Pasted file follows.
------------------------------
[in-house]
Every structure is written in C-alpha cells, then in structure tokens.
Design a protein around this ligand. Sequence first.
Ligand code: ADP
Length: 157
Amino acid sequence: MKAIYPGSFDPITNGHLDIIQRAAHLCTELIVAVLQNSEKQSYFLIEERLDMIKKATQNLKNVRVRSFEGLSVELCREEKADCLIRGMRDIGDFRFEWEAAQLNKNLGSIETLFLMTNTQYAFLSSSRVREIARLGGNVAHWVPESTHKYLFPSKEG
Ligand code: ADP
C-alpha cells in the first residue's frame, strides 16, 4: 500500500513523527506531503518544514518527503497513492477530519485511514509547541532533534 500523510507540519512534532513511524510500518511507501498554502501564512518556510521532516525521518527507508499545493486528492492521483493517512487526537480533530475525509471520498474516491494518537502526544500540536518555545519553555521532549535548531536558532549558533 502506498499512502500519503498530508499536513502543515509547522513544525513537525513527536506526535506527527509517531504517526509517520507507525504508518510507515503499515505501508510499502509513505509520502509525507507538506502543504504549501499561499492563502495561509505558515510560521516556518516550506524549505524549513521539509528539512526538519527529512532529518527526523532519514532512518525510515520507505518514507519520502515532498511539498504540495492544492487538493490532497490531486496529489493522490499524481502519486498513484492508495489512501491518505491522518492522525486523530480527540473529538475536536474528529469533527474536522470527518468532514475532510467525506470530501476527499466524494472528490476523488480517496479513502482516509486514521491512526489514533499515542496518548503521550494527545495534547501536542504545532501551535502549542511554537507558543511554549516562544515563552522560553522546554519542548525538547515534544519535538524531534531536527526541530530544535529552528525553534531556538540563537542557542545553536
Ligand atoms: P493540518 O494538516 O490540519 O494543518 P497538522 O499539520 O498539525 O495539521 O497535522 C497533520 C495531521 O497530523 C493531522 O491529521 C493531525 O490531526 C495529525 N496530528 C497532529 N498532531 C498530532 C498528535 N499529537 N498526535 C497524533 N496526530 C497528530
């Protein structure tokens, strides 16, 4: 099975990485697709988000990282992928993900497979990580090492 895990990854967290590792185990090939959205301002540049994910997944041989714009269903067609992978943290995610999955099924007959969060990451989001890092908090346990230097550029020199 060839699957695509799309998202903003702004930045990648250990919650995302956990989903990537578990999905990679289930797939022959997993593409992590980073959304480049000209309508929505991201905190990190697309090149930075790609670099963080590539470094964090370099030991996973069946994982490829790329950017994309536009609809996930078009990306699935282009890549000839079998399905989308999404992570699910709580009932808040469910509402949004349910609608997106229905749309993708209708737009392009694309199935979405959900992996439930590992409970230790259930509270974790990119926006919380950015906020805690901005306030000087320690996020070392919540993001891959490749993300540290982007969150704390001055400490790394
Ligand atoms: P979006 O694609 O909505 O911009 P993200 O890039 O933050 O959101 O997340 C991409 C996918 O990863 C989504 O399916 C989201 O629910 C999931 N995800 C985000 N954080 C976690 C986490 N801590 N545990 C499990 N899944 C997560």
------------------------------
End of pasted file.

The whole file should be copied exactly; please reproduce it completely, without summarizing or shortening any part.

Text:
[in-house]
Every structure is written in C-alpha cells, then in structure tokens.
Design a protein around this ligand. Sequence first.
Ligand code: ADP
Length: 157
Amino acid sequence: MKAIYPGSFDPITNGHLDIIQRAAHLCTELIVAVLQNSEKQSYFLIEERLDMIKKATQNLKNVRVRSFEGLSVELCREEKADCLIRGMRDIGDFRFEWEAAQLNKNLGSIETLFLMTNTQYAFLSSSRVREIARLGGNVAHWVPESTHKYLFPSKEG
Ligand code: ADP
C-alpha cells in the first residue's frame, strides 16, 4: 500500500513523527506531503518544514518527503497513492477530519485511514509547541532533534 500523510507540519512534532513511524510500518511507501498554502501564512518556510521532516525521518527507508499545493486528492492521483493517512487526537480533530475525509471520498474516491494518537502526544500540536518555545519553555521532549535548531536558532549558533 502506498499512502500519503498530508499536513502543515509547522513544525513537525513527536506526535506527527509517531504517526509517520507507525504508518510507515503499515505501508510499502509513505509520502509525507507538506502543504504549501499561499492563502495561509505558515510560521516556518516550506524549505524549513521539509528539512526538519527529512532529518527526523532519514532512518525510515520507505518514507519520502515532498511539498504540495492544492487538493490532497490531486496529489493522490499524481502519486498513484492508495489512501491518505491522518492522525486523530480527540473529538475536536474528529469533527474536522470527518468532514475532510467525506470530501476527499466524494472528490476523488480517496479513502482516509486514521491512526489514533499515542496518548503521550494527545495534547501536542504545532501551535502549542511554537507558543511554549516562544515563552522560553522546554519542548525538547515534544519535538524531534531536527526541530530544535529552528525553534531556538540563537542557542545553536
Ligand atoms: P493540518 O494538516 O490540519 O494543518 P497538522 O499539520 O498539525 O495539521 O497535522 C497533520 C495531521 O497530523 C493531522 O491529521 C493531525 O490531526 C495529525 N496530528 C497532529 N498532531 C498530532 C498528535 N499529537 N498526535 C497524533 N496526530 C497528530
């Protein structure tokens, strides 16, 4: 099975990485697709988000990282992928993900497979990580090492 895990990854967290590792185990090939959205301002540049994910997944041989714009269903067609992978943290995610999955099924007959969060990451989001890092908090346990230097550029020199 060839699957695509799309998202903003702004930045990648250990919650995302956990989903990537578990999905990679289930797939022959997993593409992590980073959304480049000209309508929505991201905190990190697309090149930075790609670099963080590539470094964090370099030991996973069946994982490829790329950017994309536009609809996930078009990306699935282009890549000839079998399905989308999404992570699910709580009932808040469910509402949004349910609608997106229905749309993708209708737009392009694309199935979405959900992996439930590992409970230790259930509270974790990119926006919380950015906020805690901005306030000087320690996020070392919540993001891959490749993300540290982007969150704390001055400490790394
Ligand atoms: P979006 O694609 O909505 O911009 P993200 O890039 O933050 O959101 O997340 C991409 C996918 O990863 C989504 O399916 C989201 O629910 C999931 N995800 C985000 N954080 C976690 C986490 N801590 N545990 C499990 N899944 C997560």